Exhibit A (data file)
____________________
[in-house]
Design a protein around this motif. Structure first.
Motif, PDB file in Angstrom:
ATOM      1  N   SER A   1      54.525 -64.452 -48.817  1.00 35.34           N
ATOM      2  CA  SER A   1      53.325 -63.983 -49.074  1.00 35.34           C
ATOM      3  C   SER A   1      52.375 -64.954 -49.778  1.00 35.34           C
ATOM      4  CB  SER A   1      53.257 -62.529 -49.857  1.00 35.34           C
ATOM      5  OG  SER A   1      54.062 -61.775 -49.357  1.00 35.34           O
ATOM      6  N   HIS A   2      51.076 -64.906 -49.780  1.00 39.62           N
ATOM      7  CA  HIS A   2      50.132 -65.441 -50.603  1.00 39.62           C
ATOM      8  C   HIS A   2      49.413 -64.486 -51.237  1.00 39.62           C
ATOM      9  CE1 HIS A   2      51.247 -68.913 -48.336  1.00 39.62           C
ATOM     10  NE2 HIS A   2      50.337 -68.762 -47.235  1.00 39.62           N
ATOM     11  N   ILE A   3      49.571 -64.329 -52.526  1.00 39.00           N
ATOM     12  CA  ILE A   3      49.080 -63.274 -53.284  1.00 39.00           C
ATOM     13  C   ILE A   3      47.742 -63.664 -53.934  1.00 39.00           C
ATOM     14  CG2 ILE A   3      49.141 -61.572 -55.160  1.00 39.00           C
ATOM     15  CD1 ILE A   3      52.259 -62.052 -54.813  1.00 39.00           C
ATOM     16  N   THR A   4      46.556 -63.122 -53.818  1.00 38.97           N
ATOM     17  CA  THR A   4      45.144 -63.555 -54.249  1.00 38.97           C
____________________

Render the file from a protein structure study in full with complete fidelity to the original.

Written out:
[in-house]
Design a protein around this motif. Structure first.
Motif, PDB file in Angstrom:
ATOM      1  N   SER A   1      54.525 -64.452 -48.817  1.00 35.34           N
ATOM      2  CA  SER A   1      53.325 -63.983 -49.074  1.00 35.34           C
ATOM      3  C   SER A   1      52.375 -64.954 -49.778  1.00 35.34           C
ATOM      4  CB  SER A   1      53.257 -62.529 -49.857  1.00 35.34           C
ATOM      5  OG  SER A   1      54.062 -61.775 -49.357  1.00 35.34           O
ATOM      6  N   HIS A   2      51.076 -64.906 -49.780  1.00 39.62           N
ATOM      7  CA  HIS A   2      50.132 -65.441 -50.603  1.00 39.62           C
ATOM      8  C   HIS A   2      49.413 -64.486 -51.237  1.00 39.62           C
ATOM      9  CE1 HIS A   2      51.247 -68.913 -48.336  1.00 39.62           C
ATOM     10  NE2 HIS A   2      50.337 -68.762 -47.235  1.00 39.62           N
ATOM     11  N   ILE A   3      49.571 -64.329 -52.526  1.00 39.00           N
ATOM     12  CA  ILE A   3      49.080 -63.274 -53.284  1.00 39.00           C
ATOM     13  C   ILE A   3      47.742 -63.664 -53.934  1.00 39.00           C
ATOM     14  CG2 ILE A   3      49.141 -61.572 -55.160  1.00 39.00           C
ATOM     15  CD1 ILE A   3      52.259 -62.052 -54.813  1.00 39.00           C
ATOM     16  N   THR A   4      46.556 -63.122 -53.818  1.00 38.97           N
ATOM     17  CA  THR A   4      45.144 -63.555 -54.249  1.00 38.97           C